The Missing Piece: Catholic Faith and the Making of Working-Class Consciousness

AHA Session 121
Labor and Working Class History Association 6
Friday, January 5, 2018: 1:30 PM-3:00 PM
Columbia 5 (Washington Hilton, Terrace Level)
Leslie W. Tentler, Catholic University of America
Leslie W. Tentler, Catholic University of America

Session Abstract

For several decades now, historians have considered how the constructs of gender, race, and class have changed over time and shaped human experience. Yet until fairly recently most historians—including labor historians—have not taken religion and faith seriously as an equally constitutive element. This panel seeks to correct this oversight by presenting three pieces of original research that examine how Catholicism contributed to the construction of working-class consciousness in the United States during the twentieth century. In so doing, it also provides historical context for more contemporary turns in workers’ consciousness that otherwise might not be fully understood.

 In his paper on Polish-American Catholic workers at Wheeling Steel during the 1930s and 1940s, William Hal Gorby examines how this group of workers became part of the emerging Congress of Industrial Organizations. He argues that one of the reasons why Polish Catholics became such good organizers in this new industrial union was the ground game that they learned in their parishes as they lived their daily faith. Their “elective affinity” for the CIO as members also came from the “subordination of the individual” and “ties of solidarity” that were central to their Catholicism. Gorby’s work reminds us that faith played a key role, alongside ethnic community ties, in developing such working-class consciousness in the New Deal era. Also looking at workers as a group, Matthew Pehl offers a “‘thick description’ of the worldview of urban Catholic cops” during the urban crisis of the late 1960s and 1970s. Pehl argues that it was in the urban crisis setting and through their shared Catholic faith that these police officers created their understanding of themselves as workers. His study shows us how the daily experiences of work and religion in his subjects’ lives formed their class consciousness. Taking a biographical approach, Donna Haverty-Stacke focuses on the evolution of working-class consciousness in the life of Grace Holmes Carlson. Tracing Carlson’s commitment to social justice and her sense of a gospel mandate to involve herself in worldly affairs, Haverty-Stacke examines the impact of Carlson’s lived faith. She explores how Carlson’s experience of Catholicism shaped and transformed her working-class consciousness before, during and after her years in the Socialist Workers Party, often in unexpected ways.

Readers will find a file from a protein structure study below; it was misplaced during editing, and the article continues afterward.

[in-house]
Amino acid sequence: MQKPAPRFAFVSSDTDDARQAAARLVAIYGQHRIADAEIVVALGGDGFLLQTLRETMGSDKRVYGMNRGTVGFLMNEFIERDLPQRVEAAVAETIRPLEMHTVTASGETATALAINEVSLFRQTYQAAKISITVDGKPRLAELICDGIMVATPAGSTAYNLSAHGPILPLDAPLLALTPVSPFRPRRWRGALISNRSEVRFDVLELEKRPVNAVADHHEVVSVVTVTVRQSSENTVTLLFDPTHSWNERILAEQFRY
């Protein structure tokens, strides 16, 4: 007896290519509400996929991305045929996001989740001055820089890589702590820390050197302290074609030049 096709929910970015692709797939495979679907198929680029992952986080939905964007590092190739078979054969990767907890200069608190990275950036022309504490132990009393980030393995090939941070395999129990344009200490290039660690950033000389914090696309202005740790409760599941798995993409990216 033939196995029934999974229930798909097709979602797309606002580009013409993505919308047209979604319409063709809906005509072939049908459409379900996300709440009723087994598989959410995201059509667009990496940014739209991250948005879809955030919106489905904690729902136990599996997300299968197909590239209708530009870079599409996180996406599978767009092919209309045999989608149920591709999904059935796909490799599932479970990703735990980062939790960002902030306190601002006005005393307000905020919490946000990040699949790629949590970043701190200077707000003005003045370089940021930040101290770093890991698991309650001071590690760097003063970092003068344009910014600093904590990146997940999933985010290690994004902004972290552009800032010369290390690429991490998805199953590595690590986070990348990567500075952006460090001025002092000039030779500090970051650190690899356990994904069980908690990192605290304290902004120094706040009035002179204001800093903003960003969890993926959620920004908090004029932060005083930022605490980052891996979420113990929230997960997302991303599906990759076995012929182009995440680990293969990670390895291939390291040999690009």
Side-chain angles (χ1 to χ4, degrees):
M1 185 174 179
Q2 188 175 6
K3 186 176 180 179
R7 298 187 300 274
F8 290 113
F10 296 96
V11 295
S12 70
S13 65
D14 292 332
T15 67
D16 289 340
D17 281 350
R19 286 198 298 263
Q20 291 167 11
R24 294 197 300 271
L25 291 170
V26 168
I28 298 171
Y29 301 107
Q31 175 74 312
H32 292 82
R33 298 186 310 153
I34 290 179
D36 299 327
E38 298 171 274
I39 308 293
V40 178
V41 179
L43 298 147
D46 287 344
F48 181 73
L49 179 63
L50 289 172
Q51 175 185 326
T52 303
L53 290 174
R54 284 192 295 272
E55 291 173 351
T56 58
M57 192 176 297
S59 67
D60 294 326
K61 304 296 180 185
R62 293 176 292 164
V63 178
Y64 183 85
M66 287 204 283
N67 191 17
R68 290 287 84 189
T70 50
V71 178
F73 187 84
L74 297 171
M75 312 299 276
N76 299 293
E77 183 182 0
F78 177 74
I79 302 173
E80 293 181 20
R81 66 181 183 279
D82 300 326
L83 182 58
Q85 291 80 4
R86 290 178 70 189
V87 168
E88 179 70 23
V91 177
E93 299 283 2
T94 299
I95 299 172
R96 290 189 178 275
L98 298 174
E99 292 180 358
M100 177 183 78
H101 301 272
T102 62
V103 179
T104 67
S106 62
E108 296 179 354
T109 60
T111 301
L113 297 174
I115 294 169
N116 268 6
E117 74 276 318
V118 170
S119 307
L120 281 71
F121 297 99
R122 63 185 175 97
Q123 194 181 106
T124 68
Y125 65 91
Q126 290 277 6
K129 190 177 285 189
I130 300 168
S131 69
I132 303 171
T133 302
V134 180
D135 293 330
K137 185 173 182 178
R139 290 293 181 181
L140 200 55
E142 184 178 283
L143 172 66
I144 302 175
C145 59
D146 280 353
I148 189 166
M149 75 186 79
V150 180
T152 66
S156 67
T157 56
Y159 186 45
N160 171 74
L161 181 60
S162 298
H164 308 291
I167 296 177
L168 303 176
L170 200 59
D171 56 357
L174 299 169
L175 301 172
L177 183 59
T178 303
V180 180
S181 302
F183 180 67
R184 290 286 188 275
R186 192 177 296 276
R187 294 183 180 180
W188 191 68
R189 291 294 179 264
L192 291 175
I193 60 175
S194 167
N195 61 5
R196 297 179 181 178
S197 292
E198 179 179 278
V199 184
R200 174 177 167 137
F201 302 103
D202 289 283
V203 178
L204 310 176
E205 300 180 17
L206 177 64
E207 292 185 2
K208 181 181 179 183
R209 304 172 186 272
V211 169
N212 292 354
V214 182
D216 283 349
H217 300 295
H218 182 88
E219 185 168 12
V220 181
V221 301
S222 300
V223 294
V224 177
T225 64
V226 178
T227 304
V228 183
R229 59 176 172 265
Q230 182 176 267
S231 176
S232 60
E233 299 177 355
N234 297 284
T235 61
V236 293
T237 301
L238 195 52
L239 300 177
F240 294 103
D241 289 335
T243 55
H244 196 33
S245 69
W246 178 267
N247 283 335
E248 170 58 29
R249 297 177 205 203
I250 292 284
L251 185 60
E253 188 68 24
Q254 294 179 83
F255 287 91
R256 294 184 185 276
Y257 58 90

Taken together, Gorby’s, Pehl’s and Haverty-Stacke’s papers provide the missing piece in solving the the historical puzzle of working-class consciousness: that of religion and faith. Chairing and commenting on the panel, Leslie Woodcock Tentler will bring her expertise and reflect on the areas of continuity and difference across the papers. Ideally the panel will foster a discussion with the audience about the role of faith in the formation of political consciousness and workers’ movements in the past and how, with such an informed understanding, we may be better able to address faith’s role in workers’ lives in today’s contentious political climate. We envision the panel attracting scholars interested in questions of class, religion, politics, urban development, and workers’ movements.

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